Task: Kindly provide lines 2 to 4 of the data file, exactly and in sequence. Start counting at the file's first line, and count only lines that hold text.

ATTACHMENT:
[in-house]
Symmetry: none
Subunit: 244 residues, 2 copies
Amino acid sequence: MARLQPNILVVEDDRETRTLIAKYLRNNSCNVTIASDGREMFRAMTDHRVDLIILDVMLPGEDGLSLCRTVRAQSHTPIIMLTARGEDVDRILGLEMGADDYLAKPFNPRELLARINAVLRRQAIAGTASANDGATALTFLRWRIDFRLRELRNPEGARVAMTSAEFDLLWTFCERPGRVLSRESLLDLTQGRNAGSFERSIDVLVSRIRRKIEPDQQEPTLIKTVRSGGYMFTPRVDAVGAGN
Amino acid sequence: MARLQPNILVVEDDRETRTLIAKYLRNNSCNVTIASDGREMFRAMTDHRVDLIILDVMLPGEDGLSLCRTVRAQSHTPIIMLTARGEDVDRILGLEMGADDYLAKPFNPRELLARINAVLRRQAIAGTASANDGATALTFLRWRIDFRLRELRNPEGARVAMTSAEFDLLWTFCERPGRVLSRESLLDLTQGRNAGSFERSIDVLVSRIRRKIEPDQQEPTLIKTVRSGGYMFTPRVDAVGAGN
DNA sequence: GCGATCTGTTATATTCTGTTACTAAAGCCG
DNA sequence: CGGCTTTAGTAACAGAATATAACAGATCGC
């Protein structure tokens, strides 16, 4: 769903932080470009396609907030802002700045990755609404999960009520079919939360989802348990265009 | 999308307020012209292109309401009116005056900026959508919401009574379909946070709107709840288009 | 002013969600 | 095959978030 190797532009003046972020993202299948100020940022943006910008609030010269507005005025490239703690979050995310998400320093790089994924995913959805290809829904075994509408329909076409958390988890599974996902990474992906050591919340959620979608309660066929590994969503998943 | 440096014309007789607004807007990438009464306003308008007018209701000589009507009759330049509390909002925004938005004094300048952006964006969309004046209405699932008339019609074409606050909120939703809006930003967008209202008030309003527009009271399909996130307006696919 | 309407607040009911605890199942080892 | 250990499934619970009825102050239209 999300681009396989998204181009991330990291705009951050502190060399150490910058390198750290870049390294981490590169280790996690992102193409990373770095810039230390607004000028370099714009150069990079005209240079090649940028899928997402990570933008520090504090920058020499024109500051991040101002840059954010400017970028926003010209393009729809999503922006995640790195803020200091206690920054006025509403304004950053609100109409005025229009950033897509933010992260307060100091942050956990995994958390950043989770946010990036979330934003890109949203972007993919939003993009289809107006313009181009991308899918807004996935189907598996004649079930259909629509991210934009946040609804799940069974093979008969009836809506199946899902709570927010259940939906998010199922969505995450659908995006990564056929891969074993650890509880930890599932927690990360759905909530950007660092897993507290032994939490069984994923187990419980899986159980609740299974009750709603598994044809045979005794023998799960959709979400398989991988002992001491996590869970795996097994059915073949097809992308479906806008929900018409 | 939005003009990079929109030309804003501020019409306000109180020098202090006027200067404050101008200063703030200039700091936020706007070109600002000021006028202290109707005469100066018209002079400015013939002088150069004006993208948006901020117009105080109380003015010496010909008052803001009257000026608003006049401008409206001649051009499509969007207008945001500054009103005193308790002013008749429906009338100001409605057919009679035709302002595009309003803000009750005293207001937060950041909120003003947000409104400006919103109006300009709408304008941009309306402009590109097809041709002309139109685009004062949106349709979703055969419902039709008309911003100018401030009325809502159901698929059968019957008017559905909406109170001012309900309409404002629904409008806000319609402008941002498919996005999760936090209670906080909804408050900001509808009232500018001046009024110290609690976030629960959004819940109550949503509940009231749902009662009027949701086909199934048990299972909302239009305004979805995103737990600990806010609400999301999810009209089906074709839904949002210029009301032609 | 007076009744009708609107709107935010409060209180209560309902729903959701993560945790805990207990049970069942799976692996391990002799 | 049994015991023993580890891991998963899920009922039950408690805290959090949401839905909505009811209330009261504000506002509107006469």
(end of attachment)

Symmetry: none
Subunit: 244 residues, 2 copies
Amino acid sequence: MARLQPNILVVEDDRETRTLIAKYLRNNSCNVTIASDGREMFRAMTDHRVDLIILDVMLPGEDGLSLCRTVRAQSHTPIIMLTARGEDVDRILGLEMGADDYLAKPFNPRELLARINAVLRRQAIAGTASANDGATALTFLRWRIDFRLRELRNPEGARVAMTSAEFDLLWTFCERPGRVLSRESLLDLTQGRNAGSFERSIDVLVSRIRRKIEPDQQEPTLIKTVRSGGYMFTPRVDAVGAGN